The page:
Racism in football remains deeply rooted, the Vinícius case shows. Will the Anglo-Saxon world help us out of the doldrums?

The incident with Real Madrid player Vinícius shows once again how difficult it is to eradicate racism in football. Experts advocate a more resolute approach based on Anglo-Saxon principles.

Dieter DeCleene

“Mono, mono, mono” (Spanish for ‘monkey’), is hurled at Real striker Vinícius during the Valencia-Real Madrid match. The referee does not intervene and after an altercation with Valencia players, Vinícius has to go to the side with a red card moments later.

The latest example of racism in football is reminiscent of what happened to Romelu Lukaku last month during the Juventus-Inter Milan match. There are jungle sounds and racist chants, but it is Lukaku who is punished: after a second yellow card for celebrating a goal ‘too provocatively’, he has to leave the field.

“It was not the first time, not the second time, not the third time,” Vinícius responded on Instagram after last Sunday’s incident. “Racism is normal in La Liga. The league thinks it’s normal, so does the union and the opponents even encourage it.”

According to football journalist Frank Van Laeken, he touches on a crucial element in the fight against racism in football. “First of all, you have to want to see the problem and want to do something about it,” says Van Laeken, who wrote the book together with former football player Paul Beloy. Dirty black – racism in Belgian football wrote.

null Image REUTERS

<span class="artstyle__figcaption__credit">Image REUTERS</span>

relative racism

The incidents are in stark contrast to what happened to our compatriot Dante Vanzeir (New York Red Bulls). After he would have shouted something racist to an opponent, the match is stopped for 20 minutes. Although an investigation by the American Football Association shows that Vanzeir had no racist intentions, he will still receive a six-match suspension, a fine and must follow a recovery process.

“The resolute approach in the US shows how things should be done,” says Van Laeken. “With us, football associations and clubs still too often tend to ignore and minimize problems.”

He refers, among other things, to the incident in which former Anderlecht coach Vincent Kompany was called a ‘brown monkey’ in December 2021. The case was dismissed for lack of evidence. Racist supporters are still too often unaffected, believes Beloy. “Those people are often known at the clubs, but are left untouched.”

According to Van Laeken and Beloy, the British Premier League plays in a higher class in the fight against racism. Luis Suárez, for example, was suspended for eight games in 2011 after a detailed investigation and fined £40,000 for racist remarks. “Cameras are also used to identify and punish racist supporters,” says Van Laeken. “Every incident is taken seriously.”

Romelu Lukaku has been sent off for celebrating a goal too provocatively while responding to racist chants.  Image AFP

<cite class="artstyle__figcaption__caption">Romelu Lukaku has been sent off for celebrating a goal too provocatively while responding to racist chants.</cite><span class="artstyle__figcaption__credit">Image AFP</span>

In Dirty black Van Laeken and Beloy make eleven concrete proposals to tackle racism. Among other things, they advocate stopping the game in the event of any racist incident. If the referee does not intervene, a player who is a victim of racism must be able to leave the field without sanction – something Vinícius said he considered, but did not do – if necessary together with the entire team. The team whose supporters are racist should be punished with a flat defeat. “Such measures stimulate social control, because they also irritate non-racist supporters,” says Van Laeken.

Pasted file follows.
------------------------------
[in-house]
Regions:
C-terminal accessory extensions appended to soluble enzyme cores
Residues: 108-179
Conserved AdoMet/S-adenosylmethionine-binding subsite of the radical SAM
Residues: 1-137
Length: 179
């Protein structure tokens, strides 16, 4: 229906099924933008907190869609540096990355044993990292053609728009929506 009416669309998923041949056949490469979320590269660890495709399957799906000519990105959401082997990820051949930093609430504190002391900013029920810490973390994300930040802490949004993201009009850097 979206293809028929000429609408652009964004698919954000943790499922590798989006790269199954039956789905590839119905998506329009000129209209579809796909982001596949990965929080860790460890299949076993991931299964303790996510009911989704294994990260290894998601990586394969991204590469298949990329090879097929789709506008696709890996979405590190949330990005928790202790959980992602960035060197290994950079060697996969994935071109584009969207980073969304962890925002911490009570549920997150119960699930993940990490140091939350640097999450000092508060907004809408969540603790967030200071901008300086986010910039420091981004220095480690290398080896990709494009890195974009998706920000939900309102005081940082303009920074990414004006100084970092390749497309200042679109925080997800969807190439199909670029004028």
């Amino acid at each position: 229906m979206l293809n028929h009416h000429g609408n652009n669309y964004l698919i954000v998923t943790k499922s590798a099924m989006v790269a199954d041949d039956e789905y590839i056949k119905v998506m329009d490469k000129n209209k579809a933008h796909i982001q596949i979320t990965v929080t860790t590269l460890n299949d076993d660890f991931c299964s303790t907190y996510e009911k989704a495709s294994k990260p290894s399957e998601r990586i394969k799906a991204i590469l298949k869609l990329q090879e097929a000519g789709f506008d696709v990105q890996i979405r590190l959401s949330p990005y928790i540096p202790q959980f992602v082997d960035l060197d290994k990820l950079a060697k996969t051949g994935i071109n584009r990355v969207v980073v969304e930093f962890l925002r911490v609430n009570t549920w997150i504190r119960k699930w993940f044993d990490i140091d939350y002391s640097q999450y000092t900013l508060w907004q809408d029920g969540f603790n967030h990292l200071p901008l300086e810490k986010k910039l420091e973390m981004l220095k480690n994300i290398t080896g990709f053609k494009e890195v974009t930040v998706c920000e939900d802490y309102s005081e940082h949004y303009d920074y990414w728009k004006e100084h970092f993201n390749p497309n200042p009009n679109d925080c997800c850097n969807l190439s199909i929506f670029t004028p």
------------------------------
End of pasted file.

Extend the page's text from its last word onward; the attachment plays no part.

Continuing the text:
The fact that the Anglo-Saxon countries are leading the way is, according to Beloy, partly because society as a whole is more sensitive to racism. “If politicians declare that racism is relative, it is not surprising that you also have problems in football,” says Beloy. “In addition, not only the teams, but also the boardrooms are more diverse. As long as they remain mainly white, racism will not be the main concern.”

Mouthy bystanders

Nevertheless, according to Pro League spokesperson Stijn Van Bever, major steps have also been taken with us. In 2021, the Pro League and the Royal Belgian Football Association (RBFA) launched the Come Together action plan, with the same name reporting center for discrimination. Supporters who cross the line have since had to follow a specific route in the Holocaust and Human Rights Museum before they are allowed to enter the stadium again. “All complaints are further followed up, and racism is subject to a standard sanction of two to ten years in the stadium ban,” says Van Bever. “But incidents in which things are said are often difficult to prove afterwards.”

It helps that these are usually not one-off incidents. “If we receive a report that someone is systematically racist, we have a plainclothes steward determine that,” says Wim Beelaert of the KAA Gent Foundation. “We also try to objectify files with testimonials and camera images.”

KAA Gent is a pioneer by offering bystander training in all Ghent football clubs since last year, an approach that the club hopes to roll out in the rest of Belgium as well. Supporters, trainers and volunteers can learn how to intervene in the event of racism themselves. “All supporters together determine the atmosphere in a stadium,” says Beelaert. “The aim is that those who are guilty of racism realize that they are alone in this. That is the best way to nip the problem in the bud.”

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